Cassius locked eyes with the metal container. “What,” he asked in horror, “is that?”
The old man set the pot on a table. “It’s an old family recipe,” he said. “My babushka’s beef goulash. Just the trick when you’re feeling run down!”
Mr. Nowack lifted the lid. The rich aroma of tomatoes, peppers and paprika filled the room, and the nostrils of a vampire with the sensitivity of a wolf.
Cassius sprinted for the stairs, much to the confusion of the curator. It was the meatball incident all over again.
“I guess he doesn’t like goulash,” Mr. Nowack muttered.
The others laughed and shook their heads. A small crisis they could handle; even laugh at.
Drake groaned as he stood. “I’ll put the tea on,” he said.
Fantom, or what remained of him, struck the ground in a heap. The impact was a comparative slap to the cheek to what he’d endured. Though not alive in any technical sense, his corporeal form was held by threads, teetering on the precipice of oblivion.
His half-mask rattled across the floor, just out of reach. The rest of him smoked from the new orifices torn through his body. When last Lord Nihilex had punished him the prince was immobile for weeks. Even with supernatural healing, it would be some time before he was fit to serve again.
Somewhere far beneath the wounds, Fantom dreamed of a time that was; when Queen Lacuna was not confined to a bed in her chamber. Together they peered over a castle balcony on high, over all that was the Abyssal Realm.
“Do you see that?” the memory asked.
The boy cast his vision to the null. “There’s nothing there,” he said.
“This is your birthright, my son,” Queen Lacuna said. “We were born into oblivion and rule over the absence of anything. We are void, the antithesis of all that exists, coupled with the curse of awareness. Don’t you think that’s cruel?”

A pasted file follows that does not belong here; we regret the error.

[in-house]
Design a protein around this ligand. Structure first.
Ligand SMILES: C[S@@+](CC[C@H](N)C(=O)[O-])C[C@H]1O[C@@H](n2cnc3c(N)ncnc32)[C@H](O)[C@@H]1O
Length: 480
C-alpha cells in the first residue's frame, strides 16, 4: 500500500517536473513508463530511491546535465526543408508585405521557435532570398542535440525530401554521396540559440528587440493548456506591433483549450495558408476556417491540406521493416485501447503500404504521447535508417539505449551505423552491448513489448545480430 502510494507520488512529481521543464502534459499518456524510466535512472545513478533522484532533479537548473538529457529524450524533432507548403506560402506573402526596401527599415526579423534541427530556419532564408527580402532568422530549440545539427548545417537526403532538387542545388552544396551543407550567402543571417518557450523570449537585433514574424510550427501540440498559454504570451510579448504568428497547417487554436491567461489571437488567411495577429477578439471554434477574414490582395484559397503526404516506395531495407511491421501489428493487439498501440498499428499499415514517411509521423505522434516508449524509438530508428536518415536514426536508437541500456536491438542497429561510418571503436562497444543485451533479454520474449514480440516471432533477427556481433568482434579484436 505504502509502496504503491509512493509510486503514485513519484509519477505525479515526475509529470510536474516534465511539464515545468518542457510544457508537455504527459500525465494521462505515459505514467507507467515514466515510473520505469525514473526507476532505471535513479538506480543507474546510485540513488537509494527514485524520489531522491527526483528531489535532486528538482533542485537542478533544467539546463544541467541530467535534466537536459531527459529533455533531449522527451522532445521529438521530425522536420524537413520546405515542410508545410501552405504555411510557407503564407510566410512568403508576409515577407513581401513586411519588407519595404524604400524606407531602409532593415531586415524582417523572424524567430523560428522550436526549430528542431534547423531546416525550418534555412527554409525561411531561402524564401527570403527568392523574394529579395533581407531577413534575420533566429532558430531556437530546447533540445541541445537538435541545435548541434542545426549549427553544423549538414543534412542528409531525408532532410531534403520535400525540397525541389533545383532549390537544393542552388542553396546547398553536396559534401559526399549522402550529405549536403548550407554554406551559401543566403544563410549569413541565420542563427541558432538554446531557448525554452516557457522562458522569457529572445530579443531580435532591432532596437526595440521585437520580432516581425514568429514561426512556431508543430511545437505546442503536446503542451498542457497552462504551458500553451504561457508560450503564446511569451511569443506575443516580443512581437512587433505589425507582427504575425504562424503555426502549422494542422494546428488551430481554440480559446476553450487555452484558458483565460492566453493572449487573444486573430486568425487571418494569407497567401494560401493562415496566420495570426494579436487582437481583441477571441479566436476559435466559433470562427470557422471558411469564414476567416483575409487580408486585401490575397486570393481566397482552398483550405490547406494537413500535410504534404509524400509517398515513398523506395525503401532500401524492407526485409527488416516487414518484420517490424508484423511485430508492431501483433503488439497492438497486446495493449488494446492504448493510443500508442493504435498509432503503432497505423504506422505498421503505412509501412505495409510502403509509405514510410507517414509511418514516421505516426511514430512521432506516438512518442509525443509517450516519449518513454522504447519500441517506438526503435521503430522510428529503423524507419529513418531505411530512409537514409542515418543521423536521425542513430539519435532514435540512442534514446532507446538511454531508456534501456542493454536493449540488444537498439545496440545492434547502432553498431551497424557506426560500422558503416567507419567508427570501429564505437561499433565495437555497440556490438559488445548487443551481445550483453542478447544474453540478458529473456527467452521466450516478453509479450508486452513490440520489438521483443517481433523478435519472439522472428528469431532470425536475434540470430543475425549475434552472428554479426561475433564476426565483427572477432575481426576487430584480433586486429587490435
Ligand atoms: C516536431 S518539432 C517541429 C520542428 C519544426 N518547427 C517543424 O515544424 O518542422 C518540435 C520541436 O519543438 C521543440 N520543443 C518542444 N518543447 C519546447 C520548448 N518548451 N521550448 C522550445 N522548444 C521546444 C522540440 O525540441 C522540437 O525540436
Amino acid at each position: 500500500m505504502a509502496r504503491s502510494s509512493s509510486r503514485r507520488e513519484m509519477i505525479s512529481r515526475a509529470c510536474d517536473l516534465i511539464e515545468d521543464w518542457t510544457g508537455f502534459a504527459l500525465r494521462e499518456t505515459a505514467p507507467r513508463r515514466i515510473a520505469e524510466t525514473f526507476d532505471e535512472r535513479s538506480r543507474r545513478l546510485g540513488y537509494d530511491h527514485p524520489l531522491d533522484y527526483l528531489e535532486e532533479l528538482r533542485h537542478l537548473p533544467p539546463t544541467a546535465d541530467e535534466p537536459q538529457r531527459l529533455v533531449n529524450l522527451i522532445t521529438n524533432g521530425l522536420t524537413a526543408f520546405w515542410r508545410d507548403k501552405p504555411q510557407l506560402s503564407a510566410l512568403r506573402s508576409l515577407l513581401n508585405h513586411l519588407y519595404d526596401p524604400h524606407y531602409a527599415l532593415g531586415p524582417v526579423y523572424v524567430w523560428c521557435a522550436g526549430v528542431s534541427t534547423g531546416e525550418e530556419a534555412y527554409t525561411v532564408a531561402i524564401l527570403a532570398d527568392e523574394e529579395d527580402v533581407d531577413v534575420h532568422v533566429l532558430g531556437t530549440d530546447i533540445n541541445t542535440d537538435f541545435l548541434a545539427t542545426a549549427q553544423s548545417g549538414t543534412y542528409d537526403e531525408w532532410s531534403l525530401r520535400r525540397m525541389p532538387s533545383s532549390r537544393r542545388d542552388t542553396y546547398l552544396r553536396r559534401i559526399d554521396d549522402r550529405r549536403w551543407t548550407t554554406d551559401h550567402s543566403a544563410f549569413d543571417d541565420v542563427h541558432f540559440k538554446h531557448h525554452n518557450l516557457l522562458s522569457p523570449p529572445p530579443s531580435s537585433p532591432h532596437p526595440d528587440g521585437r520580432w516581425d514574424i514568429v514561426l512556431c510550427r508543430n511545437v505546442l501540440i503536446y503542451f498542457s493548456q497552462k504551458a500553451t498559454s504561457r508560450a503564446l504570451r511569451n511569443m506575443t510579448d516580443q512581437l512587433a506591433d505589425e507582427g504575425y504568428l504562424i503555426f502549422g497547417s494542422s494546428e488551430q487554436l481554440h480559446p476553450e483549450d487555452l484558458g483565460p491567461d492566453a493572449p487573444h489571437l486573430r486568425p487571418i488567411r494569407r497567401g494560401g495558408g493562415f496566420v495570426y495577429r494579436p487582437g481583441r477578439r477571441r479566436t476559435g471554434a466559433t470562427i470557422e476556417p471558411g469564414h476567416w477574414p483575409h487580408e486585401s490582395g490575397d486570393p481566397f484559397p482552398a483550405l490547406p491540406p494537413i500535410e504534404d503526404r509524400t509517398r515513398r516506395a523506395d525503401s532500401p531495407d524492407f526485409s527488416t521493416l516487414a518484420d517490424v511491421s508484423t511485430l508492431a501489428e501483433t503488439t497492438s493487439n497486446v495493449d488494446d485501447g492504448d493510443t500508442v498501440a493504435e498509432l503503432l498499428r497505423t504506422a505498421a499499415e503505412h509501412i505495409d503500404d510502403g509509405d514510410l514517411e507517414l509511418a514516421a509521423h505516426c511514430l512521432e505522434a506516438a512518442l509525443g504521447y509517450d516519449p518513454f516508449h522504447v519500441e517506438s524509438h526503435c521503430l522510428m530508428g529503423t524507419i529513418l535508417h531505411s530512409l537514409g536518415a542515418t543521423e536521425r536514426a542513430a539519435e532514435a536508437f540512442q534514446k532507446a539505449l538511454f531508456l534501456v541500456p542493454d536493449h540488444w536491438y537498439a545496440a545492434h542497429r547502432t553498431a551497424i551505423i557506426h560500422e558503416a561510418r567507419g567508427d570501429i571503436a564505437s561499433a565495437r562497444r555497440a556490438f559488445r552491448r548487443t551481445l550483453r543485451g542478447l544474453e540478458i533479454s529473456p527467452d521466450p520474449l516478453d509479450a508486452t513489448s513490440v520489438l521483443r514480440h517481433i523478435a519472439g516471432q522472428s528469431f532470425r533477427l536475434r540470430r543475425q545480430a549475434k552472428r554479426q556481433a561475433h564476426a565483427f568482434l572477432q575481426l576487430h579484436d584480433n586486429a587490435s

At the time Fantom thought nothing of it, for it was all he’d known.
“Out there are whole universes of… of things,” Queen Lacuna explained. “Things that you can hold, and see, and touch! Outside this realm are beings with substance in excess. They have substance, and we have none. Why? They didn’t earn it!”
With or without knowledge outside the void, he recognized it for the injustice it was. “All things belong to you, Mother,” he said, “both within the Abyssal Realm and beyond!”
“You understand,” she hissed, and combed her talons through the strings of his hair.
In the present, a hand pried Fantom from the stone. He rolled out of numbness and into agony. Only when the haze passed did he realize where he was.
“Save your strength,” instructed an ancient voice.
The prince met with a bowl and drank down the bitter contents, inhaling it as a human would oxygen. Relief washed through his chest. In the dark he started to weep; tears of exhaustion ran down the void where cheeks might have sat, until none remained.
“How?” he asked. “How am I still here?”
“Because our Queen wills it,” the ancient voice said. “Lord Nihilex cannot destroy you and avoid her wrath.”
Fantom smiled. The thought nourished him.
Hands as old as dust guided him to his feet. Despite spindly limbs, Wiseman was strong enough to lift someone twice his size. After all, the weak did not live for eons.
“The time is nearly at hand,” the mage said.
He needn’t elaborate. The actions of the sage spoke loud enough. What would Lord Nihilex make of this collusion?
Fantom limped from the dungeons and into the cavern, he dragged his feet under the weight of inevitability.
“In my Queen’s name,” he said. A reckoning was at hand.
End of Episode 5